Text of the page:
Title: Garland Farm
Fandom: Harry Potter
Warning: No spoilers
Summary: Sirius comes to Remus’s rescue, emotionally speaking.
Notes: For .
Remus hates the house on Grimmauld Place. Sirius hates the house too but it’s the only safe place for him, so he has to live there. Remus, however, can go where he pleases—so long as they are friendly to werewolves, or at least tolerant of them—and does not spend any more time in the house than necessary.
Sirius wonders why it is not more necessary.
The Orkneys are remote, but the wizard who lives just outside the village will hire werewolves so Remus has been living here for nearly two months. “The work isn’t bad,” Remus writes by owl. “I am up at dawn and in bed by sunset and I have callouses on my hands, but there’s a cabin on a cliff for me during the full moon. I am happy.”
Sirius can see where the “almost” was erased, rewritten and erased again. It is this word that has brought him here.
He would travel as a dog if speed were not important. It takes a few Charms to change his appearance—make his hair reddish, dye his eyes lighter, add a few freckles—but no one glances at him twice. Still it’s a huge risk, one he would take for no one else except Harry. Sirius takes the ferry, not going below during the entire trip but instead standing at the railing, watching the water churn beneath the boat. He takes a room in the village’s only inn and sends a message to Garland Farm by owl: “I’m here. Please come. S.”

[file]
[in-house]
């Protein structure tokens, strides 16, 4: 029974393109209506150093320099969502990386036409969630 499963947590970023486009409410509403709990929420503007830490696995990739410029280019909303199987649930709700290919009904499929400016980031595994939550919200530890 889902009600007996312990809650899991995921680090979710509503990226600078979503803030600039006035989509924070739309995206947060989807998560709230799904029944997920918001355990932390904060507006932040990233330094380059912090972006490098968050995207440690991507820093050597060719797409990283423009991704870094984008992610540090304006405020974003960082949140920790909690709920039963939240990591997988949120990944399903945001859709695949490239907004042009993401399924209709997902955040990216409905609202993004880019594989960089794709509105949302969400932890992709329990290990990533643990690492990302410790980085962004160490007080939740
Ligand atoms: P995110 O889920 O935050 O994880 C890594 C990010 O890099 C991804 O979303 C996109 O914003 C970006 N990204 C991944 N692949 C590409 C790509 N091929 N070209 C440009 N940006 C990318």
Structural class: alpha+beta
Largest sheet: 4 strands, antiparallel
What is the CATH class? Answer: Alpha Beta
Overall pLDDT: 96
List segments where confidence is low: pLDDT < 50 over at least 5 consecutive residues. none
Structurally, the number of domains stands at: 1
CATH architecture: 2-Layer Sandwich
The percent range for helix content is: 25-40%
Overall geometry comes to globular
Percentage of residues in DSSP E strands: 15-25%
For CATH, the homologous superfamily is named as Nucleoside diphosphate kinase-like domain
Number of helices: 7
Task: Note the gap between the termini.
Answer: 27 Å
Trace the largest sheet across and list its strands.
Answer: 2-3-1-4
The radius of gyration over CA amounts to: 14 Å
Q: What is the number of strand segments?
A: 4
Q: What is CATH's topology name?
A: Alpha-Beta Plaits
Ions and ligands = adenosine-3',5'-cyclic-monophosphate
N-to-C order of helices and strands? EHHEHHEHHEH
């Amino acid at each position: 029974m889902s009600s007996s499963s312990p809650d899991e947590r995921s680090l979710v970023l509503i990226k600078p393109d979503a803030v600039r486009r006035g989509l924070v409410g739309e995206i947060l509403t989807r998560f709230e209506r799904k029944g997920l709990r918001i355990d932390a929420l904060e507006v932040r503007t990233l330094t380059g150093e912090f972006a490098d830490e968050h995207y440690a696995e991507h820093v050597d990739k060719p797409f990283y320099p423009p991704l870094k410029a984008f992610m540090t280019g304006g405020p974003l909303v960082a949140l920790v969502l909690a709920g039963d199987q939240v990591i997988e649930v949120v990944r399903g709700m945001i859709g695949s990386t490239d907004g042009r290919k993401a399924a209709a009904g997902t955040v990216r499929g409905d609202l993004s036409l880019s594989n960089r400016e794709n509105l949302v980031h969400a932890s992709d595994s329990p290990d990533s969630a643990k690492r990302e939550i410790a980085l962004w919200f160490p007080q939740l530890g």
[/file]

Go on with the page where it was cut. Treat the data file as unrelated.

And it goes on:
He has brought good brandy from Grimmauld Place—ignoring Kreacher’s muttering about stealing—and a few copies of the Daily Prophet, but could think of no other gifts. Remus likes books, the older the better, but Sirius has no time or opportunity to shop.
After sunset there is a knock on his door. Sirius runs his hands through his hair—Still red? Still red—and opens it.
Remus’s smile never changes.
“What are you doing here?” he says in the tone of a father scolding a beloved but wilful child. “Do you have any idea how dangerous it is for you, even here?”
“Hello, Remus,” Sirius answers simply, and then neither speak for quite some time.
“You shouldn’t have come,” Remus says as they drink brandy and enjoy the cool evening breeze through the open window. “You shouldn’t leave Grimmauld Place. What if someone saw you—what would happen to Harry? To Buckbeak, even?”
“I had to check on you. Nothing will happen to Harry, and Buckbeak is safe. As safe as he can be in that miserable death-shrine of a house.”
“I said I was fine.”
“That’s what you wrote. What you said was something else.” There are fewer wounds on Remus’s body than Sirius can remember ever seeing. He traces Remus’s back, counting scars. The last time he had twenty-three . . ?
Remus shakes his head, looking at Sirius over his shoulder. “It’s just a little gold until things get settled with the Order. I hate having nothing to contribute.”
“That’s my brave boy. You have knowledge—we need that more than gold.” The gentle breeze is turning more into a bracing wind: Sirius shivers and pulls up the blankets. “Come warm me.”
Remus lies down, his face to Sirius, and smiles wearily. “I’ll be in London at the end of August.”
“From August until forever?” He can’t help it—his voice goes little-boy hopeful and he squeezes Remus about the shoulders. “Promise?”
Remus’s smile is gentle and his eyes are sad. “For as long as forever lasts.” He adds, as Sirius kisses him, “Just promise me you won’t color your hair red again.”
Sirius laughs and Remus laughs, and when they sleep Sirius dreams of how vast forever can be.